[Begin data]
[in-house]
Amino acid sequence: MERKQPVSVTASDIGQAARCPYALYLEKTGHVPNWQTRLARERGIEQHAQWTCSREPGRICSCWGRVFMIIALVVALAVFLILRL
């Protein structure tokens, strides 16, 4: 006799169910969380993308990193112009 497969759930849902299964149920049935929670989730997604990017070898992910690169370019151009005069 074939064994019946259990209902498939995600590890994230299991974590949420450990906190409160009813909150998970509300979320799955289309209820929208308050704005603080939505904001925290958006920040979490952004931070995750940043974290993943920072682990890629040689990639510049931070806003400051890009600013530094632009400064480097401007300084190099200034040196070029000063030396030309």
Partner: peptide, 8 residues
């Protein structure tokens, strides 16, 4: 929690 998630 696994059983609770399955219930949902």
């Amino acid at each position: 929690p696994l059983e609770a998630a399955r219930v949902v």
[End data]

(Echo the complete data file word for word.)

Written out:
[in-house]
Amino acid sequence: MERKQPVSVTASDIGQAARCPYALYLEKTGHVPNWQTRLARERGIEQHAQWTCSREPGRICSCWGRVFMIIALVVALAVFLILRL
């Protein structure tokens, strides 16, 4: 006799169910969380993308990193112009 497969759930849902299964149920049935929670989730997604990017070898992910690169370019151009005069 074939064994019946259990209902498939995600590890994230299991974590949420450990906190409160009813909150998970509300979320799955289309209820929208308050704005603080939505904001925290958006920040979490952004931070995750940043974290993943920072682990890629040689990639510049931070806003400051890009600013530094632009400064480097401007300084190099200034040196070029000063030396030309």
Partner: peptide, 8 residues
């Protein structure tokens, strides 16, 4: 929690 998630 696994059983609770399955219930949902």
């Amino acid at each position: 929690p696994l059983e609770a998630a399955r219930v949902v």